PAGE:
Having emotional value is an incredibly powerful currency when it comes to human relationships in general.
But what does emotional value mean?
Your emotional value is the degree that a man or woman perceives you as potentially contributing to their happiness.
It is the most important filter by which both men and women determine how much of time and emotions they want to invest in a relationship.
When a man or woman agrees to go out on a date with you, he or she is (sub-consciously) tuned to look for a type of energy that tells him or her that you have the ability to bring new and uplifting emotional experiences into his or her life; and that merging his or her life with you is more interesting and worthwhile than it would be if he or she were single and alone.
The higher your emotional value, the more likely that a man or woman will want to spend more time with you and explore the possibilities of a relationship. If you are perceived as having very low emotional value (stressful or depressing to be around), you end up not being worth the effort.
That’s only the first test. After being around you for a while, most men and women start to re-evaluate their initial assessment of your emotional value. They are no longer just looking for your ability to bring new and uplifting emotional experiences into their lives, they are looking for emotional competence and long term emotional rewards:
- Can they be their true selves around you/not have to be constantly trying to meet your expectations of them?
- Can they trust you to be honest about anything and everything?
- Can they trust you to act in their best interest/not hurt them?
- Can they trust you to be there for them through difficult times/emotional support?
- Are you someone they’d want to come home to every day?/make them happy?
- Do you have the backbone to hold them accountable/keep them in check when they go into excess (of anything)?
- Can they trust you to be around for a long time/can you commit?
Most men and women don’t even know what they are looking for in someone they are in a relationship with, let alone know that long term emotional rewards is what they really want.
The tragedy… most men and women don’t realize that they are being evaluated for emotional competence.
I’ve worked with men and women who are so afraid to hold the other person accountable, indulge them in excesses and allow themselves to be walked over, and are shocked when they are dumped for this very reason. In their mind, they thought giving the other person everything they want and being whoever they think the other person wants them to be would be emotionally rewarding to the other person. They failed to recognize that one of the characteristics of emotional competence is strong and healthy boundaries (this is where I end, this is where YOU begin, and this is where WE merge”.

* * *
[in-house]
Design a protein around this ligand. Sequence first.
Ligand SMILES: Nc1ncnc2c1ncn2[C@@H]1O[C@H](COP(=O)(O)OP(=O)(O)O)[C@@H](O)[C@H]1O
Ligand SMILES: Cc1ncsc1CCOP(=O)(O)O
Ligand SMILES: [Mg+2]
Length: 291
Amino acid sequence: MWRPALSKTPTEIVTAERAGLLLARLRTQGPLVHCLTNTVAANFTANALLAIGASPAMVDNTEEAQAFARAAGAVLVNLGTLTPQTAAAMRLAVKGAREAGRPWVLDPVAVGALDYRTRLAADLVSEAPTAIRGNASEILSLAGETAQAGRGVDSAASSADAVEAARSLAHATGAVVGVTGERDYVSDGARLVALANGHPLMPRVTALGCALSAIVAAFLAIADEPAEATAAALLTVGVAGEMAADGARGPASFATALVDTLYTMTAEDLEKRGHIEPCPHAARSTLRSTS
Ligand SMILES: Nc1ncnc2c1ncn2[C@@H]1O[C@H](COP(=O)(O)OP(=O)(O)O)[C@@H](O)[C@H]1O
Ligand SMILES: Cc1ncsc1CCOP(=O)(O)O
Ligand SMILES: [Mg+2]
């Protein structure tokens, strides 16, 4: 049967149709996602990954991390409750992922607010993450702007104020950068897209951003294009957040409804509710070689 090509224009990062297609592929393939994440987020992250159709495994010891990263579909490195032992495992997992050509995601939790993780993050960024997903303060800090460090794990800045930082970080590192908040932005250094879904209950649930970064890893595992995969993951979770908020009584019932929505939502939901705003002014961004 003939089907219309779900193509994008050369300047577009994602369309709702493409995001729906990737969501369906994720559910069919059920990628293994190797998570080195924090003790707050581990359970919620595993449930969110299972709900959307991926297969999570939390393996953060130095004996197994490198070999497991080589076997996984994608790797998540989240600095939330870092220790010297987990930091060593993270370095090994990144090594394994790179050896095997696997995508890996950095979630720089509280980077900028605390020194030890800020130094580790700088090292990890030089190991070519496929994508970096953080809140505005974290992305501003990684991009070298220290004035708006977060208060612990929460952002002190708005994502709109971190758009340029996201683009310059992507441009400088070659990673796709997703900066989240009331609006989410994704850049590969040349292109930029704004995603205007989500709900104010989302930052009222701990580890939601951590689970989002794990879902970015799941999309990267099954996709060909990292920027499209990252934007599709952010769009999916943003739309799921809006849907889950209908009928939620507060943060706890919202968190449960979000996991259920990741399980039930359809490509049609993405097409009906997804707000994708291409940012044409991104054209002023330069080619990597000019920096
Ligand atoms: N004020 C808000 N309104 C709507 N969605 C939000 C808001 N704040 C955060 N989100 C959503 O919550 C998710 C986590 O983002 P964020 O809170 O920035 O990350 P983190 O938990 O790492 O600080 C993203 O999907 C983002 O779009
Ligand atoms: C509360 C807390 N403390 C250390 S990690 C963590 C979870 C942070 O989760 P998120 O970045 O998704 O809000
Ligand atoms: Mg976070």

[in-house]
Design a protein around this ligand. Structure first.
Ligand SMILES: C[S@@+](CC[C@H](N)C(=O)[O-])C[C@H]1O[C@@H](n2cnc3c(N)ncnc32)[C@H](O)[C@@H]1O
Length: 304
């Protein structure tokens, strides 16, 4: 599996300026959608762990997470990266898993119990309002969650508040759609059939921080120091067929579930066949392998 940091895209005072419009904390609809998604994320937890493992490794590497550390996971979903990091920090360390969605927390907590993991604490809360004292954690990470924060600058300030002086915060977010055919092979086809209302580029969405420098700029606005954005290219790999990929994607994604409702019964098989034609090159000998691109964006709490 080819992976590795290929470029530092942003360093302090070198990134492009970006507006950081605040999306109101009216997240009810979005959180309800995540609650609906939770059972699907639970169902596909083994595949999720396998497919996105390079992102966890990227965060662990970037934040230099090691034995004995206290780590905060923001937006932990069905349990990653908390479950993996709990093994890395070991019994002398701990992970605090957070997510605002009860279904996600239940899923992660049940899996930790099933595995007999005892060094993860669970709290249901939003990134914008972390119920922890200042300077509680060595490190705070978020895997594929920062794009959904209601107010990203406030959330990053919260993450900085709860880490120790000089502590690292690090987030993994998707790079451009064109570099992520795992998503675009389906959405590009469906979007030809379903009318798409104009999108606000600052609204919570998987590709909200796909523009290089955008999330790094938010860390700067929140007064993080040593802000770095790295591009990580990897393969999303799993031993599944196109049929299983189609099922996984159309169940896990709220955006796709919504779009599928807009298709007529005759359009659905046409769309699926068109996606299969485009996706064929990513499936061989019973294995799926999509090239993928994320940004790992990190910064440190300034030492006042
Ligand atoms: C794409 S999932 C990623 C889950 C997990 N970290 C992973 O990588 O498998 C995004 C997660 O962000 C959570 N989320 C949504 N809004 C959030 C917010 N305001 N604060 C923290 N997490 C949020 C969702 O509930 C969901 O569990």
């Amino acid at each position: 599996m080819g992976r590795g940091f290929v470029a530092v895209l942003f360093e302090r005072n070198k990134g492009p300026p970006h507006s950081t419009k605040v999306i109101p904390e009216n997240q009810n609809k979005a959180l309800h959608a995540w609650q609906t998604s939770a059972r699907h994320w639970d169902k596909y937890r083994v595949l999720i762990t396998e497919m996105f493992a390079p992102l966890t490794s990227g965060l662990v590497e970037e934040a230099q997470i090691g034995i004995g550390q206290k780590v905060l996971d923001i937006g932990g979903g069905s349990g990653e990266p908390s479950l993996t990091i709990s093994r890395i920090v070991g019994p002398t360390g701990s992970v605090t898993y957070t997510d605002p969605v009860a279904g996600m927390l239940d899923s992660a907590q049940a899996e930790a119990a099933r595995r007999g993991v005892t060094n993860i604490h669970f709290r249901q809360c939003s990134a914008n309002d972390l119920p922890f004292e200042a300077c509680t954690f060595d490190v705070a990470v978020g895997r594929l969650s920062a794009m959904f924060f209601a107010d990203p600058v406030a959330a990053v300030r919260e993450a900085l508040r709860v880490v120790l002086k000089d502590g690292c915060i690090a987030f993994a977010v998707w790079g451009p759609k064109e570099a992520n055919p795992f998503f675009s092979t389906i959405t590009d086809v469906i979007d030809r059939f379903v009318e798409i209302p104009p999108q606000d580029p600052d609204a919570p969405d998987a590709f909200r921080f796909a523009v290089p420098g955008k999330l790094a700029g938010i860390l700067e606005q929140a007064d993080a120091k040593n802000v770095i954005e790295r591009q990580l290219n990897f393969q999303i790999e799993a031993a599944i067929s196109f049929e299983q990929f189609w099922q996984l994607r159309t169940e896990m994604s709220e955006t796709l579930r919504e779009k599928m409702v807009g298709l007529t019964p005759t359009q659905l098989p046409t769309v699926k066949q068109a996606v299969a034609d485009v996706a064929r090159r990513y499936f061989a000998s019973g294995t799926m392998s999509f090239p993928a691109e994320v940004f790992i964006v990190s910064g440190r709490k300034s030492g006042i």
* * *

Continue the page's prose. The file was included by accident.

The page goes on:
The person doing the emotional evaluation does not know that he/she is doing it, and the person being evaluated does not know what he/she is being evaluated.
Constant arguments/fights over the same things, hiding one’s true self (including wants, needs and feelings) from the other, extreme emotions, impulsive behaviours, inability to regulate closeness and independence (neediness and clinging) and intense negative reactions, etc. alert the person doing the emotional evaluation that the relationship is not emotionally rewarding and therefore there is no good reason to invest in the relationship any further.
When trying to get back someone who checked out of the relationship he/she sees as not beneficial to him/her emotionally, the worst mistake you can make is go back to them with no additional emotional value to offer.
You can change your looks, lose weight, get a new job, buy a new car, learn new communication skills etc, but if your emotional value is still low in your ex’s eyes, your ex will not want to re-invest in the relationship.
You may even come back high in emotional autonomy (have social network, interests and activities) but if you are low in emotional support, trust or stability (are impulsive or have and intense negative reactions), or if you’re acting like “you’ll do ANYTHING to get him/her back“, you’re still an emotional liability.
If you are lucky (I use the word “lucky” loosely), you will be put on hold for “further evaluation”. But most of the time, you’ll be passed over for someone who is more emotionally competent, and a relationship that’s more emotionally rewarding.
Thanks for creating such a great blog. I am one of those who doesn’t do the emotional connection thing well at all. I am working on it and your blog is really helping. I was wondering if your course on needy ex has advice on how to be emotionally vulnerable without allowing yourself to be taken advantage of, or is that the kind of information I’d find in your book instead.
Both the book and course cover emotional vulnerability. If you are interested in something to do with self-work, I recommend the course. It prepares you for how to create (healthy) closeness without as you say, allowing yourself to be taken advantage of or violating your ex’s (contact) boundaries. If you are trying to get your ex back, you need both the course and book as you need to fix the neediness in order to get back your ex.